> on
                                > > > this topic. Most of his engines are provided with nozzles and
                                his
                                > > > engines are among the best ones if not the best.
                                > > > Jean-Yves
                                > > >
                                > > >
                                > > > --- In pop-pop-steamboats@yahoogroups.com, "Richard Mundy"
                                > > > <coracles18@> wrote:
                                > > > >
                                > > > > Hi David,
                                > > > > I think the condensing is done in the tube, which creates
                                > another
                                > > > > problem. Condensing steam in a tiny tube is a lot quicker
                                than
                                > > > doing
                                > > > > it in a big tube.
                                > > > > An interesting aspect of Paynes original patent is using the
                                > > > momentum
                                > > > > of the returning water to compress the remaining steam in the
                                > > > boiler.
                                > > > > This should raise the boiling point so the steam has more
                                kick
                                > to
                                > > > it.
                                > > > > If this effect is significant I have no idea.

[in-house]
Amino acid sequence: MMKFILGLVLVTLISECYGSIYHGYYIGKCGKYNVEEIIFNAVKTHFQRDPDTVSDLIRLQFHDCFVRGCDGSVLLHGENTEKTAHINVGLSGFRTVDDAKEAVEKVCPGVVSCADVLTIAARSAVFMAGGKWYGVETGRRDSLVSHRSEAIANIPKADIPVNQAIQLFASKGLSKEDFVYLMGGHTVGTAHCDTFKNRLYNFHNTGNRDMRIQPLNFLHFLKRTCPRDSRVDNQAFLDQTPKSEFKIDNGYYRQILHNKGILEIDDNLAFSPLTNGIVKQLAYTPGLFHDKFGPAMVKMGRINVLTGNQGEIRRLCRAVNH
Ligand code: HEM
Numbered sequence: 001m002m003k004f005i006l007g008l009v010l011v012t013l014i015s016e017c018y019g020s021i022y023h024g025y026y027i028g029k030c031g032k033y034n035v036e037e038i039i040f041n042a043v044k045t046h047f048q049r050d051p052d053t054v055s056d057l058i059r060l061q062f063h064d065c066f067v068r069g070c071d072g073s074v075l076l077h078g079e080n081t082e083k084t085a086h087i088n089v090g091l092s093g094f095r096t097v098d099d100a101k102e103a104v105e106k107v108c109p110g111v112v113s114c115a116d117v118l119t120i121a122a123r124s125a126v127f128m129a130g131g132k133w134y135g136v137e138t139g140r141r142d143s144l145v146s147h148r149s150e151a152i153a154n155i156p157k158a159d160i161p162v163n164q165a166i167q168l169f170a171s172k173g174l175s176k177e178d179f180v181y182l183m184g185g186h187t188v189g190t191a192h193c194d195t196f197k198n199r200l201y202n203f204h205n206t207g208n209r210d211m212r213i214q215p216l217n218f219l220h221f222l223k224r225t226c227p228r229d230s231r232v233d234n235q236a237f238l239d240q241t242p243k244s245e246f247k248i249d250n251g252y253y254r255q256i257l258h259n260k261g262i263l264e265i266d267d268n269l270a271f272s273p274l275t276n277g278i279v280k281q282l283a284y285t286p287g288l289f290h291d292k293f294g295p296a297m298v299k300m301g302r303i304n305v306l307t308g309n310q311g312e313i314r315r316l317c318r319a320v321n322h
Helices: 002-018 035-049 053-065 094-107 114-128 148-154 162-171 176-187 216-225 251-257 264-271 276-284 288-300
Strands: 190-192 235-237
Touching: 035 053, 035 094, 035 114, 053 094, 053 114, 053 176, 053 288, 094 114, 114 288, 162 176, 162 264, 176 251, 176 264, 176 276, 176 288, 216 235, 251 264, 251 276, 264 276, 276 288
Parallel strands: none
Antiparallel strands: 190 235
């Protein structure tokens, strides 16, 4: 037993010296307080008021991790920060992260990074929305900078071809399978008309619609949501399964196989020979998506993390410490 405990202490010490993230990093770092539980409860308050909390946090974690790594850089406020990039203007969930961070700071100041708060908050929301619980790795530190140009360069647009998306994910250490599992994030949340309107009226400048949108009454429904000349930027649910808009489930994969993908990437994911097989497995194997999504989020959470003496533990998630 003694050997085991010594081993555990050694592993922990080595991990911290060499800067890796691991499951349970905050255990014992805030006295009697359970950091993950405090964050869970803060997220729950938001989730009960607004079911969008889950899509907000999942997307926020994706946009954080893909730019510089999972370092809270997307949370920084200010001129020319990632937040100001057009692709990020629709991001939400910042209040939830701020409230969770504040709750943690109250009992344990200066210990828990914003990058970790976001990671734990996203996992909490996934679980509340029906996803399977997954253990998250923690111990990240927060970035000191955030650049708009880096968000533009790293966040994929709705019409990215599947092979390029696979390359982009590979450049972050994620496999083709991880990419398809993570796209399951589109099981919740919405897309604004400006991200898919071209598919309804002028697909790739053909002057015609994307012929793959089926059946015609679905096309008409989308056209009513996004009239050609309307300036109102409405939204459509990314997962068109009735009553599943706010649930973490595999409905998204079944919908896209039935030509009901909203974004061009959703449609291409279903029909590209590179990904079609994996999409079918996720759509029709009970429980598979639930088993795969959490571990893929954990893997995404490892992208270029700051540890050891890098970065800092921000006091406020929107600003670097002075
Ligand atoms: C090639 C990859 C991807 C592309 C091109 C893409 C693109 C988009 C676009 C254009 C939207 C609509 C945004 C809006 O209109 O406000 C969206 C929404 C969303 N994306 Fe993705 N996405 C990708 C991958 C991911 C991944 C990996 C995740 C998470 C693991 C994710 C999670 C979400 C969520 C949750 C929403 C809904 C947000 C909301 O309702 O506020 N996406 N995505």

> > > > More important I suspect is to have a forward facing intake
                                and
                                > > > > valves.
                                > > > > Also, what about an output nozzle? you can significantly
                                > increase
                                > > > the
                                > > > > velocity of water coming out of a hosepipe by sticking your
                                > > finger
                                > > > > over the end.
                                > > > > This would also increase the pressure in the boiler and give
                                > the
                                > > > > whole thing more go?
                                > > > >
                                > > > > Dick
                                > > > >
                                > > > >
                                > > > >
                                > > > > --- In pop-pop-steamboats@yahoogroups.com, "David Halfpenny"
                                > > > > <dh1@> wrote:
                                > > > > >
                                > > > > >
                                > > > > >
                                > > > > > --------------------------------------------------
                                > > > > > From: "Richard Mundy" <coracles18@>
                                > > > > > Sent: Tuesday, January 20, 2009 7:44 PM
                                > > > > >
                                > > > > > > As the engines grow bigger there is a need to create a
                                lot
                                > of
                                > > > > steam a
                                > > > > > > lot faster.
                                > > > > >
                                > > > > > AND then condense a tube-full of it in a similar time, in
                                the
                                > > > very
                                > > > > boiler
                                > > > > > you have just heated it in!
                                > > > > >
                                > > > > > That is exactly the snag that Newcomen had - though with
                                much
                                > > > less
                                > > > > thermal
                                > > > > > capacity to heat and cool each pulse.
                                > > > > >
                                > > > > > David 1/2d
                                > > > > >
                                > > > >
                                > > >
                                > >
                                >